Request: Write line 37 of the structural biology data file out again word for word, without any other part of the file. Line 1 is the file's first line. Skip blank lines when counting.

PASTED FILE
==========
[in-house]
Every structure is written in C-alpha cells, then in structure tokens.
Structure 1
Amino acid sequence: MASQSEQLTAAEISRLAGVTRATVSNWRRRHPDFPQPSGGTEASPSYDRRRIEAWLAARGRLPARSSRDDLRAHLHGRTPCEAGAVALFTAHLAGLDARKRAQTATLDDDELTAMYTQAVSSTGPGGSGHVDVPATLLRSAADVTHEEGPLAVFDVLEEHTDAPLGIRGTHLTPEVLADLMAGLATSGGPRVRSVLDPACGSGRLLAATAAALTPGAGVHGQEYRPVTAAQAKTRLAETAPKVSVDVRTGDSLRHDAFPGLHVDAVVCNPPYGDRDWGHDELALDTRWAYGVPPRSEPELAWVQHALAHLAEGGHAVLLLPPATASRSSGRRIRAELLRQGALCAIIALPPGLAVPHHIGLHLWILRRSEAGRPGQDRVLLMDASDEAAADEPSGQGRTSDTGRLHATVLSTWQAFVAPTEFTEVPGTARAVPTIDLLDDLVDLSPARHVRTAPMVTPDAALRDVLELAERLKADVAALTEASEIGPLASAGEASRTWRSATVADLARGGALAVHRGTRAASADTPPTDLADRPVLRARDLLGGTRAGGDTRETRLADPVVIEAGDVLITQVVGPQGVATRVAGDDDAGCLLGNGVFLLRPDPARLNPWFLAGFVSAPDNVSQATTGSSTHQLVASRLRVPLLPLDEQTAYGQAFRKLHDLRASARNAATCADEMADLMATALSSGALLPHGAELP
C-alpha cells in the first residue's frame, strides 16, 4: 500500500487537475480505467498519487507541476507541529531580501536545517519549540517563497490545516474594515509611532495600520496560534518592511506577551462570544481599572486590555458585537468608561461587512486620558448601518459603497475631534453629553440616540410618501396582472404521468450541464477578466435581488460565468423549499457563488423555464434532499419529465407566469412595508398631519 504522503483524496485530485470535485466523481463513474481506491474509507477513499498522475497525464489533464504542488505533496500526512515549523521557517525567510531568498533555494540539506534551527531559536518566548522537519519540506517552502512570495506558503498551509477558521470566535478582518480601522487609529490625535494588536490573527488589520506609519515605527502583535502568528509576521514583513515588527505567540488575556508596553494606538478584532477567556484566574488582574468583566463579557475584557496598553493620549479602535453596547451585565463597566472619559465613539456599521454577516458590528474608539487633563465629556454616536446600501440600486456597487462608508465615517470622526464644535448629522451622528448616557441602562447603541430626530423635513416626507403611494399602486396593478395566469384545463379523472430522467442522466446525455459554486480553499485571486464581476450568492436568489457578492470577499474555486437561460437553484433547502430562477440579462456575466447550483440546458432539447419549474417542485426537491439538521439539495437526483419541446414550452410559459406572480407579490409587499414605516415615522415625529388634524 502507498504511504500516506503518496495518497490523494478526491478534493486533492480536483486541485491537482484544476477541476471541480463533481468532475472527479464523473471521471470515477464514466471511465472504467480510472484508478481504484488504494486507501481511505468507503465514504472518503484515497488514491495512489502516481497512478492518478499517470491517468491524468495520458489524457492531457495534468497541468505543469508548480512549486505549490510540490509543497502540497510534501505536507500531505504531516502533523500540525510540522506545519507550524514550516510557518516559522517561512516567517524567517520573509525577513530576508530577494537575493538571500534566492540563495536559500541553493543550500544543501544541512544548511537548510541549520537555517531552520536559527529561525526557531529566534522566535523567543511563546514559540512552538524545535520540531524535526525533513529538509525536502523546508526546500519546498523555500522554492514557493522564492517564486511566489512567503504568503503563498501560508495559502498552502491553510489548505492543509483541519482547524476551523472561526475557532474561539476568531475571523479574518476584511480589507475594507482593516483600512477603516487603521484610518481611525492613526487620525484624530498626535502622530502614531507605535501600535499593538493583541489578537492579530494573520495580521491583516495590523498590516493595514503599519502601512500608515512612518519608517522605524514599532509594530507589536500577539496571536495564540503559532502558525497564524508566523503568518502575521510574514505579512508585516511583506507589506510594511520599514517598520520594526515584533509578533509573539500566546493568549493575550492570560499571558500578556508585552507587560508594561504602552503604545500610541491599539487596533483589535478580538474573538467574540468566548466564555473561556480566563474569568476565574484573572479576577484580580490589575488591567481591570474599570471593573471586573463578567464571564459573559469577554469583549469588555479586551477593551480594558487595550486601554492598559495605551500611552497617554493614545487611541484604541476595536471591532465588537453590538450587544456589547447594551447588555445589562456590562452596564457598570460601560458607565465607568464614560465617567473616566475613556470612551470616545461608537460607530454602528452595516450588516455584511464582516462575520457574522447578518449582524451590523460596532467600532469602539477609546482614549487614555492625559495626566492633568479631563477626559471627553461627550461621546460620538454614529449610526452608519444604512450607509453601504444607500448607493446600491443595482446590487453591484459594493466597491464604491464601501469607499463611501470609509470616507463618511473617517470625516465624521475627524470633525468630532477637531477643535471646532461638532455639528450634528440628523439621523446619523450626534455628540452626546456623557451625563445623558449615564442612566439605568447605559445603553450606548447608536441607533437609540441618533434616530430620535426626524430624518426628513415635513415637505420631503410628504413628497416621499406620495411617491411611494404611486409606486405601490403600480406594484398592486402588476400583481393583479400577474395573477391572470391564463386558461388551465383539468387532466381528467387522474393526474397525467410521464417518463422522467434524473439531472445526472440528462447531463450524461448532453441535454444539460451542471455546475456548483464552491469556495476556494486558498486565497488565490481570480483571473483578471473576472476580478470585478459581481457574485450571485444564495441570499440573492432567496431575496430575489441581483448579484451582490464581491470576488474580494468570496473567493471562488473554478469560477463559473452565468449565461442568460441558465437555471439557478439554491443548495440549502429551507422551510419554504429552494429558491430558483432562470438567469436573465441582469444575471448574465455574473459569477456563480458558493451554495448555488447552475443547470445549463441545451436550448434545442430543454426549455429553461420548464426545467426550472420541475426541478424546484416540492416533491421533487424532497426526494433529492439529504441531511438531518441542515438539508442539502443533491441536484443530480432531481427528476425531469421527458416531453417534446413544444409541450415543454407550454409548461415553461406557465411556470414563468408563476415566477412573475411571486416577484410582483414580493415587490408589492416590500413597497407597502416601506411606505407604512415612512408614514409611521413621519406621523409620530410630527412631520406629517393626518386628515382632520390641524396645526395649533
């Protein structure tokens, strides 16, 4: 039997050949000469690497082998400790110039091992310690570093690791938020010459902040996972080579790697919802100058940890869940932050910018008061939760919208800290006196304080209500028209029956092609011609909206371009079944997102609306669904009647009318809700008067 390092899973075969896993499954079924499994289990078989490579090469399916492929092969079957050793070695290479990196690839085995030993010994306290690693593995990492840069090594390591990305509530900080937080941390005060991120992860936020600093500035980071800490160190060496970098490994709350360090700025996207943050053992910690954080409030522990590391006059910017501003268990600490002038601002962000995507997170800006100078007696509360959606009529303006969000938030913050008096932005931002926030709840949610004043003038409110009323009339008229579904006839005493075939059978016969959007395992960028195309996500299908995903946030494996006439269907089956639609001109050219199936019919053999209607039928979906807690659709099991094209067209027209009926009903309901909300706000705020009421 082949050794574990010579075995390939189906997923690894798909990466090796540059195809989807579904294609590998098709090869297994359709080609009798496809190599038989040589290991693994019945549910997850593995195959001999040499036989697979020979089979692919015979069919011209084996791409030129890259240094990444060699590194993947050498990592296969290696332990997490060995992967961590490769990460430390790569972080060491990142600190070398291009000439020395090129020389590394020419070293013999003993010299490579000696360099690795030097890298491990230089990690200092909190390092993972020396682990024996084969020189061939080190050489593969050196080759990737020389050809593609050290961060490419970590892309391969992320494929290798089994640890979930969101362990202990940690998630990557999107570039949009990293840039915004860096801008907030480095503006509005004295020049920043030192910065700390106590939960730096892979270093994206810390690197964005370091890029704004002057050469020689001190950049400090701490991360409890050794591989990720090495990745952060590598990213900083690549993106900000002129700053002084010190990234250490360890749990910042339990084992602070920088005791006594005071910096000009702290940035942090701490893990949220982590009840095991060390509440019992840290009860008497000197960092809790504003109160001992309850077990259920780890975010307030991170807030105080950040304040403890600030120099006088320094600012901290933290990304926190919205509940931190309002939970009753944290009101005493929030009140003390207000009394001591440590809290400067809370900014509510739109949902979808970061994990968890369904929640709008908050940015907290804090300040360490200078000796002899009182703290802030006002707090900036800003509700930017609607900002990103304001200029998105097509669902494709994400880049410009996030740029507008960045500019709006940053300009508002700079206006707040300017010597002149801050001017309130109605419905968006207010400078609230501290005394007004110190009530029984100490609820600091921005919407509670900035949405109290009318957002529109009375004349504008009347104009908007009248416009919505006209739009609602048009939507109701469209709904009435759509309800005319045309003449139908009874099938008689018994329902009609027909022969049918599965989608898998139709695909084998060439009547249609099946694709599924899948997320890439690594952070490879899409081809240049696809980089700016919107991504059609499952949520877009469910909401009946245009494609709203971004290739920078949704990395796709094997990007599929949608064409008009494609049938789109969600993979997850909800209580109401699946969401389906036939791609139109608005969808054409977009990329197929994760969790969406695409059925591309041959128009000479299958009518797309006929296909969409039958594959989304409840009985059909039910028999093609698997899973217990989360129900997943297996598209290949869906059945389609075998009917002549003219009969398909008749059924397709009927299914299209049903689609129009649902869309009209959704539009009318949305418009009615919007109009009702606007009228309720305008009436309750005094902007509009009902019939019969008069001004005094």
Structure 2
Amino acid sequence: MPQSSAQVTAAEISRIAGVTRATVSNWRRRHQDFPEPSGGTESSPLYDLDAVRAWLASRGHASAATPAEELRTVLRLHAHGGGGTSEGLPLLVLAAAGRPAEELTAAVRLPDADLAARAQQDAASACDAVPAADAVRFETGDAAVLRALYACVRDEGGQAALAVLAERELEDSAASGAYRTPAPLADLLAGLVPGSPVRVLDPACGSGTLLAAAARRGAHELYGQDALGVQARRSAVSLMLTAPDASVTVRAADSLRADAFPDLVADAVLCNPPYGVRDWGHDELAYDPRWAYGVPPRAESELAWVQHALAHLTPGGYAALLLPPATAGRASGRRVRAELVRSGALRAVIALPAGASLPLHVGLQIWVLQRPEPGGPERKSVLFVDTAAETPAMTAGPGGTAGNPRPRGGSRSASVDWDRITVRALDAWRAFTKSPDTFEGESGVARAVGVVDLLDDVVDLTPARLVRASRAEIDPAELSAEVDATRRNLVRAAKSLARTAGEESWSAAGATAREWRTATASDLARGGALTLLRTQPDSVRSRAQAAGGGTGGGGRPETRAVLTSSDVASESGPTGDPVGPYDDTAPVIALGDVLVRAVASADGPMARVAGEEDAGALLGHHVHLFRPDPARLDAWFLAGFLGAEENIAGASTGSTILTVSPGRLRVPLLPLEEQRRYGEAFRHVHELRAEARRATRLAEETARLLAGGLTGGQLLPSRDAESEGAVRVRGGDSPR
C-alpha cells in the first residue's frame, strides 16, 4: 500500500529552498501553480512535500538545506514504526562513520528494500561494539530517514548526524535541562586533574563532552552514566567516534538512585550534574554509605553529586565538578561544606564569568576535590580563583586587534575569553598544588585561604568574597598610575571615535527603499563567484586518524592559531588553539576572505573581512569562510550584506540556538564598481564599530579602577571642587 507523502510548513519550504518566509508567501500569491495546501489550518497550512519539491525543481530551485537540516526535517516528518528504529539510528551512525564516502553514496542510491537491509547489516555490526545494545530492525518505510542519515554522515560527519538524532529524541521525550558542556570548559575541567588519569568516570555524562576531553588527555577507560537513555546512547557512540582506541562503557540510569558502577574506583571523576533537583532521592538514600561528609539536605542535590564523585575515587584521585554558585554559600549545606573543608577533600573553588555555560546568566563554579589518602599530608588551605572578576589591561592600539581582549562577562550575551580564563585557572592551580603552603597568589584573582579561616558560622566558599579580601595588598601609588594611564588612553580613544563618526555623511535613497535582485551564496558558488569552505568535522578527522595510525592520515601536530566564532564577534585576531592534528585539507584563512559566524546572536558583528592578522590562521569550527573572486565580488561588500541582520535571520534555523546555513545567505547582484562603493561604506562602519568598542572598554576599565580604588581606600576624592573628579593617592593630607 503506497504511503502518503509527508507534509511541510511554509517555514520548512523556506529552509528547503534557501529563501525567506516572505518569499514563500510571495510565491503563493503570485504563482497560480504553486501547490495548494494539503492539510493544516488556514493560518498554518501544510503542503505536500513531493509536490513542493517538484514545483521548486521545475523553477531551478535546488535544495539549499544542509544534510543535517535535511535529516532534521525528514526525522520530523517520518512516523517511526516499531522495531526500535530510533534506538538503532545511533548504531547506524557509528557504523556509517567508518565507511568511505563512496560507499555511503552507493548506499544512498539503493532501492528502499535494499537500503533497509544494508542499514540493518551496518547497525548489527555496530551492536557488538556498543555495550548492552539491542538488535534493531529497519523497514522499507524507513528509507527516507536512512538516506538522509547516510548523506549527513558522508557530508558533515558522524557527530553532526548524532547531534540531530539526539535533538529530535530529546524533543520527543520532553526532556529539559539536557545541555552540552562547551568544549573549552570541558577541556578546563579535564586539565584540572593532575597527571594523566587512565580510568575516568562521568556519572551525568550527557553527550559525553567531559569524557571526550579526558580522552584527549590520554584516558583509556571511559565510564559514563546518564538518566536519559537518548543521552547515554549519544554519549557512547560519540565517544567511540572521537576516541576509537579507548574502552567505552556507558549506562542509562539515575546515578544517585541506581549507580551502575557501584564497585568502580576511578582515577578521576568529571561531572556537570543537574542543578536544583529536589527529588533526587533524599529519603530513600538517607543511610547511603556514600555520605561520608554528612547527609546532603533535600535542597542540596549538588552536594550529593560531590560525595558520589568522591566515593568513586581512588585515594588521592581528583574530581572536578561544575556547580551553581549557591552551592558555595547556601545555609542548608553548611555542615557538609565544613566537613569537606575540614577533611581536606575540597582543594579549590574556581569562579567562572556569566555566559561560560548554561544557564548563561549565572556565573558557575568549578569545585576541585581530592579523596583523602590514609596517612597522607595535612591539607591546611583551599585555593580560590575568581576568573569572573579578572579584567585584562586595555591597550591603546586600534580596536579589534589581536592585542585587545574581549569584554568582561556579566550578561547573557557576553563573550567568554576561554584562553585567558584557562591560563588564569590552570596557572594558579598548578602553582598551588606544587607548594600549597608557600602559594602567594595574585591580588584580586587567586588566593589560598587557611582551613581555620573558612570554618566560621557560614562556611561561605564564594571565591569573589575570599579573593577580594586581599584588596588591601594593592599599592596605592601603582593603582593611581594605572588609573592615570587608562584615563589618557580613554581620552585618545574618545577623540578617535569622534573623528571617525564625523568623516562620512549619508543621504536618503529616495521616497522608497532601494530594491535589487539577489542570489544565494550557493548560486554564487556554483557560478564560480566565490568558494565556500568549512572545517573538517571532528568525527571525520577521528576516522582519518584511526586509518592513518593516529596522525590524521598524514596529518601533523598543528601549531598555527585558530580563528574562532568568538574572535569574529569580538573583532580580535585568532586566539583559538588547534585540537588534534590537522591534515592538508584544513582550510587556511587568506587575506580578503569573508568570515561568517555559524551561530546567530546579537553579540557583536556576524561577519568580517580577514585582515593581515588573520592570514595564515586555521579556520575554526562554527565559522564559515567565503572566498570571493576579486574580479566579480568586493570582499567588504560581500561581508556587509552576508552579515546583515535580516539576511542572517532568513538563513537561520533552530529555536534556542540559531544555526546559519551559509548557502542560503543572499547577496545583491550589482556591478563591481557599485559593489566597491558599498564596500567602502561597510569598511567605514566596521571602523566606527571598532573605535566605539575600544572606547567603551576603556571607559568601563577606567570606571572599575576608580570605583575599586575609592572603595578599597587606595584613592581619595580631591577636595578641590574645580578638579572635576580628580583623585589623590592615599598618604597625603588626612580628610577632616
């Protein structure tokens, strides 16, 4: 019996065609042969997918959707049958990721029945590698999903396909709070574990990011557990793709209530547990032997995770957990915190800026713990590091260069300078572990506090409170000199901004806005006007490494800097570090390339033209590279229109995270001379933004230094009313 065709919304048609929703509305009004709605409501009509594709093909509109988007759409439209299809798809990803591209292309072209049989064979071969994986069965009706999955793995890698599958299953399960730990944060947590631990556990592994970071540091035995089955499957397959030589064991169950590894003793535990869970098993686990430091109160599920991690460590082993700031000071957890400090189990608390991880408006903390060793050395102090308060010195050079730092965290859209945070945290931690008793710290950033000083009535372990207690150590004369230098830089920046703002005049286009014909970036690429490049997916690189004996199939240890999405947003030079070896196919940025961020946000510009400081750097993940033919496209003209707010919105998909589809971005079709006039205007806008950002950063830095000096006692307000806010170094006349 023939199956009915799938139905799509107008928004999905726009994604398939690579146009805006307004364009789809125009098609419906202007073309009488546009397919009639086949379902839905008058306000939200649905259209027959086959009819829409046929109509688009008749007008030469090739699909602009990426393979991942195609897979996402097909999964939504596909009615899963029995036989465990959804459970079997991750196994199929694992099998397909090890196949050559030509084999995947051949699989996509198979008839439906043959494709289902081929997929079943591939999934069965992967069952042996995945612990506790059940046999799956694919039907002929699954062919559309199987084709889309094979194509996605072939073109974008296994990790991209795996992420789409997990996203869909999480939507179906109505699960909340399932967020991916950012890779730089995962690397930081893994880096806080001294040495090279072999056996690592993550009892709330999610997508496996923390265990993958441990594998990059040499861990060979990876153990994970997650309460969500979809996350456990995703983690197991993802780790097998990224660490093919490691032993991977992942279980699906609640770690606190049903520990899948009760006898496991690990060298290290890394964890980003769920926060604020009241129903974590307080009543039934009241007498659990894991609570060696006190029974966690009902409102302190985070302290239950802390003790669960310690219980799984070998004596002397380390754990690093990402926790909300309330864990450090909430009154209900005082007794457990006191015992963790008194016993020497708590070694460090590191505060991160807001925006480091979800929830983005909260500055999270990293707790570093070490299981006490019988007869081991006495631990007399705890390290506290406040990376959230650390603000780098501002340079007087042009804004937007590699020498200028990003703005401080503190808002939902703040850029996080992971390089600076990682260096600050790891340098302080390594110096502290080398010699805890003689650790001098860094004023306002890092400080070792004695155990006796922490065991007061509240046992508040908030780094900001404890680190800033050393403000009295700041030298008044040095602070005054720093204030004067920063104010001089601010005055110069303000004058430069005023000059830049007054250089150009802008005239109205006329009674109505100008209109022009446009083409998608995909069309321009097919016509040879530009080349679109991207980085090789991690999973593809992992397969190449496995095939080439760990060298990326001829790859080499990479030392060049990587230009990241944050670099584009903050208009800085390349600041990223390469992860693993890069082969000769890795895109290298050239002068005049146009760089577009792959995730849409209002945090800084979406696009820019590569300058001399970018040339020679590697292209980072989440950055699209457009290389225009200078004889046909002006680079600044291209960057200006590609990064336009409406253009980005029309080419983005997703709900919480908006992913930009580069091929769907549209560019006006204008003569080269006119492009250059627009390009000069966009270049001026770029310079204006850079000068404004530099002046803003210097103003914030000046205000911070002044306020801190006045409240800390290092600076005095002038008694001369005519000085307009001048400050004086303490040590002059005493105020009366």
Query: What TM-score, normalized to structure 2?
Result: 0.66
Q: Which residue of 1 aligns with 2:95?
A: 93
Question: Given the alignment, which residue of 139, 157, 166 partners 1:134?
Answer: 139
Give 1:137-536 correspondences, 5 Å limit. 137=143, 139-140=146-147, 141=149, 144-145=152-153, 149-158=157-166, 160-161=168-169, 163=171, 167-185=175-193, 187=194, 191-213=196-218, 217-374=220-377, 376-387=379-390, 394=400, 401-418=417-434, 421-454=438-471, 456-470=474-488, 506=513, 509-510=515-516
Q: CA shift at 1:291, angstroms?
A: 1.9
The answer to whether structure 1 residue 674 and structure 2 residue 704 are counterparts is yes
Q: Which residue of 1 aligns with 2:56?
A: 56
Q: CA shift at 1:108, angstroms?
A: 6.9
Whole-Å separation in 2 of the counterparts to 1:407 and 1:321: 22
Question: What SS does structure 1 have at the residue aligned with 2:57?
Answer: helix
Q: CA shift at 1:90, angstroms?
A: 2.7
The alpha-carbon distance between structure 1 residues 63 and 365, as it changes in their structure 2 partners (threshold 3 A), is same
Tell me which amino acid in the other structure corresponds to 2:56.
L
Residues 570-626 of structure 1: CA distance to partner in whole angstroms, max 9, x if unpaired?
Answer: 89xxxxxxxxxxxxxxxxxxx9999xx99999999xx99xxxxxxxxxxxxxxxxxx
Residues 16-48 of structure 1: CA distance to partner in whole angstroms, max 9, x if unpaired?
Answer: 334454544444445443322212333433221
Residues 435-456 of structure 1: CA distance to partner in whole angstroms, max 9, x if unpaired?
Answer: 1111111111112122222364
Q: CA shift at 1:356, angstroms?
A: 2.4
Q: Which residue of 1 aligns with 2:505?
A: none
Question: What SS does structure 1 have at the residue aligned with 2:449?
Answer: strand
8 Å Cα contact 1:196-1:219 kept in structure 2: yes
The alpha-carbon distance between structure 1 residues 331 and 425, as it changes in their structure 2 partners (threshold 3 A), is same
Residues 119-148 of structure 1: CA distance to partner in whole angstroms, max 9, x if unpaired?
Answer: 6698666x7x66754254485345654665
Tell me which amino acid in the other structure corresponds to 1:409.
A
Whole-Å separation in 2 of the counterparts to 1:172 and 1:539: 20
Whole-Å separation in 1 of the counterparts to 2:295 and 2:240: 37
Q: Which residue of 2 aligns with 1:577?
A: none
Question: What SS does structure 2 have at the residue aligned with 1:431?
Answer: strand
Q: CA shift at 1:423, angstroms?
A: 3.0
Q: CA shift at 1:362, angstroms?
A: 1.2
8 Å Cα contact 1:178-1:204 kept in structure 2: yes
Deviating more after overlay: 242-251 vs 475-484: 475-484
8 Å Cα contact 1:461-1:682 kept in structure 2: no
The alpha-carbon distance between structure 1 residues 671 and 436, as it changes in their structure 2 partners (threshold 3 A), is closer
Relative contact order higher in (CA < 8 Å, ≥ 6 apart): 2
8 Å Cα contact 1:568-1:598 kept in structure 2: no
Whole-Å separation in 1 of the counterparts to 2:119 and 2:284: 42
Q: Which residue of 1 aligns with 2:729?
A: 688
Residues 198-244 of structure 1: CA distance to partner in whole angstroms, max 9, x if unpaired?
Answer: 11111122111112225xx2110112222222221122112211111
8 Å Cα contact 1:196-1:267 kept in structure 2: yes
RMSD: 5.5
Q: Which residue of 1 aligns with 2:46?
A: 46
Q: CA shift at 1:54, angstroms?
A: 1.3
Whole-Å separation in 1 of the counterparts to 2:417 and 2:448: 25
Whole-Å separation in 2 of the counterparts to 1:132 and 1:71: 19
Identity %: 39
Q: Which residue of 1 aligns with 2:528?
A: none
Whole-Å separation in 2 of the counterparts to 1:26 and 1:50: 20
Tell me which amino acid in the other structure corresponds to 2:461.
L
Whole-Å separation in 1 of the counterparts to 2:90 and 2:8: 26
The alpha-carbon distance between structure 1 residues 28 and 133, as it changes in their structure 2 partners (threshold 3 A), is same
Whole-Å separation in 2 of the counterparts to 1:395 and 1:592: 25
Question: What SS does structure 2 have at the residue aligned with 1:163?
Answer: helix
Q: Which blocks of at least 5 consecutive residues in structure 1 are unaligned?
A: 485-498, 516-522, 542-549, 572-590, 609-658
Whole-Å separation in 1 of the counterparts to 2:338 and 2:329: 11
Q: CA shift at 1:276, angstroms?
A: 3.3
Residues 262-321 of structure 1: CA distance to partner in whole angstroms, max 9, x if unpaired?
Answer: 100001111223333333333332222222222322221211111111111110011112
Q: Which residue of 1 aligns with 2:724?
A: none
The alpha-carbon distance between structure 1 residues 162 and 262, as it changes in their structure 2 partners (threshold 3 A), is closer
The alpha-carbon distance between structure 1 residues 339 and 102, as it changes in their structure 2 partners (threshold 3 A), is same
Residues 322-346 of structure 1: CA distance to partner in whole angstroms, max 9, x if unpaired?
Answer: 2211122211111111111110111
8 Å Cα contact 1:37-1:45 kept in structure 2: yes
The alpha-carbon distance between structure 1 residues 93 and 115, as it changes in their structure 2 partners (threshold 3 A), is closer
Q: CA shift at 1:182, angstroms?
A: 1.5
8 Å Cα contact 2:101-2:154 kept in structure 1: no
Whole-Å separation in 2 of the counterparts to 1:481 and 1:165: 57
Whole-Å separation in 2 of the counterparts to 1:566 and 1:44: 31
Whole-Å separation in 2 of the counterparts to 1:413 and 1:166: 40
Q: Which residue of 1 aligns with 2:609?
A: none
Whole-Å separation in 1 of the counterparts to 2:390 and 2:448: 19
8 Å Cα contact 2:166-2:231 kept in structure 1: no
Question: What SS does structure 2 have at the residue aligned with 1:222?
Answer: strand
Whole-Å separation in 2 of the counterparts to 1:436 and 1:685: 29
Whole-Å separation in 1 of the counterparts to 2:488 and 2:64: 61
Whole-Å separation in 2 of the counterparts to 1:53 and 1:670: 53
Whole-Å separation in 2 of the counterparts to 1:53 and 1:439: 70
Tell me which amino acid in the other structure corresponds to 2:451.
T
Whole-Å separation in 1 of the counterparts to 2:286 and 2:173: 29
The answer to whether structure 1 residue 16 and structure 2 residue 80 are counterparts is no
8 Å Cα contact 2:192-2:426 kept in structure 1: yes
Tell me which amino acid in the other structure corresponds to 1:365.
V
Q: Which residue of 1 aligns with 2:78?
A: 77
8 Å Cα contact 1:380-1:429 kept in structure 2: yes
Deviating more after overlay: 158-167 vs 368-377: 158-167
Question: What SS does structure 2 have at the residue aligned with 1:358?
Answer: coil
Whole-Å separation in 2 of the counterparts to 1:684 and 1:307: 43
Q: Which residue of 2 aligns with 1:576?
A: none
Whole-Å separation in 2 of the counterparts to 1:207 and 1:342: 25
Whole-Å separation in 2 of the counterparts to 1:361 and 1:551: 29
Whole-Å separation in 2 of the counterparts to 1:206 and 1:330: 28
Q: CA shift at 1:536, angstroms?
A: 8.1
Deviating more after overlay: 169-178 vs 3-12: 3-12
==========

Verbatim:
Residues 435-456 of structure 1: CA distance to partner in whole angstroms, max 9, x if unpaired?